Radiation Oncologist Chuck Mendenhall: Georgia governor out of touch

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Dr. Chuck Mendenhall, the director of radiation oncology at Phoebe Putney Memorial Hospital in Albany, was recognized by the local medical community recently for 30 years of service. (Special Photo)

Dr. Chuck Mendenhall, the director of radiation oncology at Phoebe Putney Memorial Hospital in Albany, was recognized by the local medical community recently for 30 years of service. (Special Photo)

ALBANY — Dr. Chuck Mendenhall’s not one to pull punches. At 30 years and counting, he’s been in the radiation oncology business long enough not to have to.

So when Mendenhall offers a direct challenge to the governor of the state of Georgia, folks under the Golden Dome in Atlanta would be wise to take note.

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“This governor (Nathan Deal) has refused to expand Medicaid in the state, and to me that is absolutely idiotic,” Mendenhall, a native of Williamsport, Pa., who has been practicing medicine in Albany since 1983, said. “He’s so out of touch on this issue, he needs to go and see some of the patients with advanced cancers that could have been picked up if they’d been screened earlier. More and more diagnoses are being made in emergency rooms — when it’s often too late — and that’s just wrong.”

Mendenhall’s just getting warmed up.

“To me, if a person has cancer, getting treatment is a basic human right, not a privilege,” he said. “I’ve always voted Republican in the past, but that may change. The Republicans in this state appear to be out of touch with reality. There’s no concept of what the poor must go through to receive health care here.

“I’d like to make a standing offer to have the governor spend a day with me in the clinic here. Let’s see what he thinks after he sees the things that I see in a day.”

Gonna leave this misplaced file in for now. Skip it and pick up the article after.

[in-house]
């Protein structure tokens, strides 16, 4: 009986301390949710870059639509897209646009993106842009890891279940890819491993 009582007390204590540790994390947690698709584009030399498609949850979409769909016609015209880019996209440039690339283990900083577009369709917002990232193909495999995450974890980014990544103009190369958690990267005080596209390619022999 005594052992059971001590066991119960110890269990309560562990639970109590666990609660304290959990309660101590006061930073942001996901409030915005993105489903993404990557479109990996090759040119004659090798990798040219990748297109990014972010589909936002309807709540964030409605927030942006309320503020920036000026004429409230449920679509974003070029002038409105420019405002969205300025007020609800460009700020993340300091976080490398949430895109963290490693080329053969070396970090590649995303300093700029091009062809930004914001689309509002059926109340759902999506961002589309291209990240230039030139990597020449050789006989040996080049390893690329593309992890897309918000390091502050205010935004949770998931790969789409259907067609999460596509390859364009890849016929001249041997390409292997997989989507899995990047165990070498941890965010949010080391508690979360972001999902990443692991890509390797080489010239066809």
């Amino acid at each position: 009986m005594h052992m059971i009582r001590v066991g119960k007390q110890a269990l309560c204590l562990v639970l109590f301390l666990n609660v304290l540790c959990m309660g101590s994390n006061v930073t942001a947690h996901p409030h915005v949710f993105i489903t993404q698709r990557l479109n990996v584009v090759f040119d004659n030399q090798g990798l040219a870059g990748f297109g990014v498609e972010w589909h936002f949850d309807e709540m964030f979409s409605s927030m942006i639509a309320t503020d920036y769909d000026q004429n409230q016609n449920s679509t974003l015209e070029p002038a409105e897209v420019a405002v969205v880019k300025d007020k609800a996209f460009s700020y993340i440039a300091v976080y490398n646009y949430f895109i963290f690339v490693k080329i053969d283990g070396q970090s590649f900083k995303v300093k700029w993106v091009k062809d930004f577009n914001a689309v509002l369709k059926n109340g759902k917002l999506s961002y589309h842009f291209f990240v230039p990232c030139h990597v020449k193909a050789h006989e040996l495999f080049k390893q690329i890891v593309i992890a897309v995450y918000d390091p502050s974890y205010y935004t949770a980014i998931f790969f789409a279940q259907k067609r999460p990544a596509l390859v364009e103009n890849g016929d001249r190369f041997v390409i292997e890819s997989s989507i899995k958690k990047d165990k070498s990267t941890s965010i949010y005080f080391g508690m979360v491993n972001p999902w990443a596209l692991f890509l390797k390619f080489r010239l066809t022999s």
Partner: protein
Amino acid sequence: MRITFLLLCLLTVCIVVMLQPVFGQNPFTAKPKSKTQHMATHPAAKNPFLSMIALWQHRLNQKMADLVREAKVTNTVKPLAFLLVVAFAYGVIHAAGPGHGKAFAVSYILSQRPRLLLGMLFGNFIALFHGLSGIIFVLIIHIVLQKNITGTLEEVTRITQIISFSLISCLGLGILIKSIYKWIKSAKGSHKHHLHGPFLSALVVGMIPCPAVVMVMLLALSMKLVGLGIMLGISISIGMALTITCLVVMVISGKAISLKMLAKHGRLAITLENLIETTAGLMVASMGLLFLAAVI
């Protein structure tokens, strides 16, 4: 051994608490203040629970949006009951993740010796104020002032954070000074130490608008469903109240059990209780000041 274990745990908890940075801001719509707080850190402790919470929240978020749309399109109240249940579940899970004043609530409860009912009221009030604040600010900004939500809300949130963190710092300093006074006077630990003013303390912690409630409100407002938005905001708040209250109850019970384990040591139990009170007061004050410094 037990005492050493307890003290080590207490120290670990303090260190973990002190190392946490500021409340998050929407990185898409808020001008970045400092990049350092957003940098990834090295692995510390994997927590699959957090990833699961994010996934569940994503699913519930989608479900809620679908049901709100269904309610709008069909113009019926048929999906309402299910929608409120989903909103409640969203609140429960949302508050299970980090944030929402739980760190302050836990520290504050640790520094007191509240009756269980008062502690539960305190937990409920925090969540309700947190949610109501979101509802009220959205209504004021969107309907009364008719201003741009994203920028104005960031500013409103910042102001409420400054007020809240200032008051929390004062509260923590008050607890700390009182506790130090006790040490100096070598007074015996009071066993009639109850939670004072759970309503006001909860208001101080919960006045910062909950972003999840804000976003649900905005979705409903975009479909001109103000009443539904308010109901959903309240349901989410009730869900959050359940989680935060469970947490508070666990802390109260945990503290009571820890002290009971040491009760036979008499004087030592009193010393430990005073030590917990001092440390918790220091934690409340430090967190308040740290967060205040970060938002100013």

Lest anyone accuse Mendenhall of meaningless bluster, he offers plenty to back up his commentary.

“Currently, I’d say that I don’t get paid a penny from one-third of the patients I treat,” said the radiation oncologist who attended medical school at the University of South Florida and completed residency and internship requirements at the prestigious Shands Healthcare System Radiation Therapy in Gainesville, Fla. “But I’ve never turned a patient away. Ever.

“I love what I’m doing, love to work with my patients. I never have a problem with the work, it’s the government, the insurance companies and the regulations that are aggravating. I’ll tell you something that might shock you, but it’s the absolute truth. Because of the way the health care industry is regulated these days, I made less money last year in actual dollars than I did my first year here.”

Mendenhall’s seen his discipline, once considered experimental at best, become primary in the treatment of cancer. Technological advancements and improved combination chemotherapy/radiation treatments have provided amazing results.

“The machines we use are more precise now, they limit the amount of radiation that impacts areas around the cancer,” he said. “That allows us to use higher doses and improves our cure rate. By combining more chemotherapy treatment with radiation, we’re able to better localize treatment. And adding chemo to radiation is like throwing diesel fuel on a bonfire, it makes it more effective.”

Mendenhall admits he’s in a unique professional position in Albany. He’s been allowed to impact the poor population in a way many health care providers can’t.

“You can make a difference in people’s lives in Albany, Georgia,” he said. “It’s a great place to live, there’s an amazing medical community and a great, caring hospital (Phoebe) that stays off your back and let’s you practice medicine.

“My brother (who does similar work in Florida) always tells me this community is very spoiled. If you get cancer, he tells me all the time, and you come to Phoebe Putney, you get treated. That doesn’t happen where he is, and it doesn’t happen at a lot of places. The question becomes would I want to work in a place like that? The answer is hell no.”

Mendenhall says his love for his profession is such that he’d recommend it to anyone. But there are stipulations.

“If you want to do this, you’ve got to be willing to sacrifice while you’re in school 12 to 14 years,” he said. “You have to be willing to deny yourself the partying all your friends are doing, a decent income for quite a while, lots of nights of sleep and time with your family. You’d better be a great believer in delayed gratification.

“Even with all that, though, when I look back at my career I’d do it all over and wouldn’t do a thing differently.”